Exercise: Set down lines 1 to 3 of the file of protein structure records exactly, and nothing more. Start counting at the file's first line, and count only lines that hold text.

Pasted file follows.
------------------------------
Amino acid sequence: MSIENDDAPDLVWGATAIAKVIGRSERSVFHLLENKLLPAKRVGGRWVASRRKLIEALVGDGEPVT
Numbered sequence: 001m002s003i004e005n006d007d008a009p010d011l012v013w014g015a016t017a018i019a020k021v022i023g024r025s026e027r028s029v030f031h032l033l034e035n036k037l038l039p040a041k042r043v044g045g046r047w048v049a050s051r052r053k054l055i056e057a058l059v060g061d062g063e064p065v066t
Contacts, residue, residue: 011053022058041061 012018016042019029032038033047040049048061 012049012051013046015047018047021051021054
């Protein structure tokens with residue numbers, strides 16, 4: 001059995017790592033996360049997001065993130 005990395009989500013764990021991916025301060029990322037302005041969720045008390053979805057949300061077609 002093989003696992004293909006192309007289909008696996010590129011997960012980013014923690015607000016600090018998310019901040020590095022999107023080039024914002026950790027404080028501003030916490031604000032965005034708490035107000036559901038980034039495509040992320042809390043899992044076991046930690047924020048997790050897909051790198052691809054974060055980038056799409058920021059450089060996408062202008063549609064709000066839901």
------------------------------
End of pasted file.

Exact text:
Amino acid sequence: MSIENDDAPDLVWGATAIAKVIGRSERSVFHLLENKLLPAKRVGGRWVASRRKLIEALVGDGEPVT
Numbered sequence: 001m002s003i004e005n006d007d008a009p010d011l012v013w014g015a016t017a018i019a020k021v022i023g024r025s026e027r028s029v030f031h032l033l034e035n036k037l038l039p040a041k042r043v044g045g046r047w048v049a050s051r052r053k054l055i056e057a058l059v060g061d062g063e064p065v066t
Contacts, residue, residue: 011053022058041061 012018016042019029032038033047040049048061 012049012051013046015047018047021051021054